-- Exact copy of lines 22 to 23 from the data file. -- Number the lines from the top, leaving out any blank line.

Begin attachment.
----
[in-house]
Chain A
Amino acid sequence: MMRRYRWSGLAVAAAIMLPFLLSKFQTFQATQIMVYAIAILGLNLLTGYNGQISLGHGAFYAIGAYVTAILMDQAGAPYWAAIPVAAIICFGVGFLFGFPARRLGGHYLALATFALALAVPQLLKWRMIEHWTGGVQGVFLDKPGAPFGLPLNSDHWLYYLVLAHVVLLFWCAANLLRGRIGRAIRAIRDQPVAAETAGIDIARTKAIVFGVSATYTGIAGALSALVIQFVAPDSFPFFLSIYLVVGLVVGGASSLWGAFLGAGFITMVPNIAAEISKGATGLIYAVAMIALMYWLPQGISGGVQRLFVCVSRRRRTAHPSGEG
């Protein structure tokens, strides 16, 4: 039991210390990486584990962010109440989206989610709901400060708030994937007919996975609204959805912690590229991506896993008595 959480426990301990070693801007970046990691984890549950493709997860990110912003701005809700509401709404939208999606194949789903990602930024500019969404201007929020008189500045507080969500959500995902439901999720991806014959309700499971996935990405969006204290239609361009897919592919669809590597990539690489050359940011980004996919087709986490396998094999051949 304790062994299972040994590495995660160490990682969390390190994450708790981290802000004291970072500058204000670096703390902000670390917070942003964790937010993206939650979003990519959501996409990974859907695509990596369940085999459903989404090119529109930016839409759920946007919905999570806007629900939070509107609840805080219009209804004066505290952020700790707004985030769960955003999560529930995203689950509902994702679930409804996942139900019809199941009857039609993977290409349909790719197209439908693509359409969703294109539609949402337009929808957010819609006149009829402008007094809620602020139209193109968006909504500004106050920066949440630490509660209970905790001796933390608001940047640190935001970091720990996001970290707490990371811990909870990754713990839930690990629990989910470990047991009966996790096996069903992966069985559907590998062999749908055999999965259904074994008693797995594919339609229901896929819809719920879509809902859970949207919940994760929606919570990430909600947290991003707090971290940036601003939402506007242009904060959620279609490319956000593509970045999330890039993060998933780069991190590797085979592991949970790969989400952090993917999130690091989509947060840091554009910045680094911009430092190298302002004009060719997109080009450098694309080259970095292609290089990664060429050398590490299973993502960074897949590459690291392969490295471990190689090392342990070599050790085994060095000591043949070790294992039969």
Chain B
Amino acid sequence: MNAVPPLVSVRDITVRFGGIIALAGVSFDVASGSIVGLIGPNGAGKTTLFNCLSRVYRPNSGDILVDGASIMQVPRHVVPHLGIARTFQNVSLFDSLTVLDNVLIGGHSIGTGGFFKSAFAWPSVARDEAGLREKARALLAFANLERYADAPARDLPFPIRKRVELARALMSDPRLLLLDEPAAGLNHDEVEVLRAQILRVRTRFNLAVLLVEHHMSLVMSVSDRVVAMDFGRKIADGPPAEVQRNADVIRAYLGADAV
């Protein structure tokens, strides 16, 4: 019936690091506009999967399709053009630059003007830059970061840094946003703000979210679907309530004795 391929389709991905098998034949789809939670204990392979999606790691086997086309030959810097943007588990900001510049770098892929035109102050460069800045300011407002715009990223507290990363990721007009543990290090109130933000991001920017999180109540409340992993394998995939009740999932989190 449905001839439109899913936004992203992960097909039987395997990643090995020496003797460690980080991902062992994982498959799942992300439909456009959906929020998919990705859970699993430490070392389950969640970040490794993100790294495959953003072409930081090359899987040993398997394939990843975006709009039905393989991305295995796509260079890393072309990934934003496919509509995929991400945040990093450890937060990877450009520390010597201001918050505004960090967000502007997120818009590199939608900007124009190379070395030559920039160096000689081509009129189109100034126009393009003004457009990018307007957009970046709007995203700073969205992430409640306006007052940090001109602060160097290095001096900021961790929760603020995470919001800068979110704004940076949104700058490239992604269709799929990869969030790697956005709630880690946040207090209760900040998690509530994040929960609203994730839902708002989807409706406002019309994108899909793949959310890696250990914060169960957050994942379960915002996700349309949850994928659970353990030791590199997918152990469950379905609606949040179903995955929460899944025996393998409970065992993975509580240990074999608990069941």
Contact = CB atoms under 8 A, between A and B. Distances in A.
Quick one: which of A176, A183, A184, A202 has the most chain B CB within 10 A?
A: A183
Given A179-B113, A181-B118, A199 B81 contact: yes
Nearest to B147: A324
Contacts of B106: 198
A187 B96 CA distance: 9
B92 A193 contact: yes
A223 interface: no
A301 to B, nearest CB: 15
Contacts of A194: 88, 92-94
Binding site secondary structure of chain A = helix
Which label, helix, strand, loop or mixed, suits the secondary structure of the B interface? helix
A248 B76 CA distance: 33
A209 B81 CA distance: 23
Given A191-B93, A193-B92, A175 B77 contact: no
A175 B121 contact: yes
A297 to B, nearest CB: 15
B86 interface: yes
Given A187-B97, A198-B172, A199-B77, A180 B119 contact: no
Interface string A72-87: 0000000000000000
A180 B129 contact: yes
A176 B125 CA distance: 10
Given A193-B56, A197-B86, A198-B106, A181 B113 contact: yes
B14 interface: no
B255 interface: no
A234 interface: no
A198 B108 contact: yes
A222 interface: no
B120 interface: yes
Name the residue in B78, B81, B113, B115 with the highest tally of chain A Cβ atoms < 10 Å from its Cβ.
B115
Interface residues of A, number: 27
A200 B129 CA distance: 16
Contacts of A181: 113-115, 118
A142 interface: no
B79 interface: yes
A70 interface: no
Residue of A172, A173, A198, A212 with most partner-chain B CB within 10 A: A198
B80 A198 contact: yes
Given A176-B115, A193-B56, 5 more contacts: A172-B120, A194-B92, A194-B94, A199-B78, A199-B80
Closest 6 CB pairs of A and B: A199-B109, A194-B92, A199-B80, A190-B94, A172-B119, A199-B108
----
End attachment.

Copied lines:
A209 B81 CA distance: 23
Given A191-B93, A193-B92, A175 B77 contact: no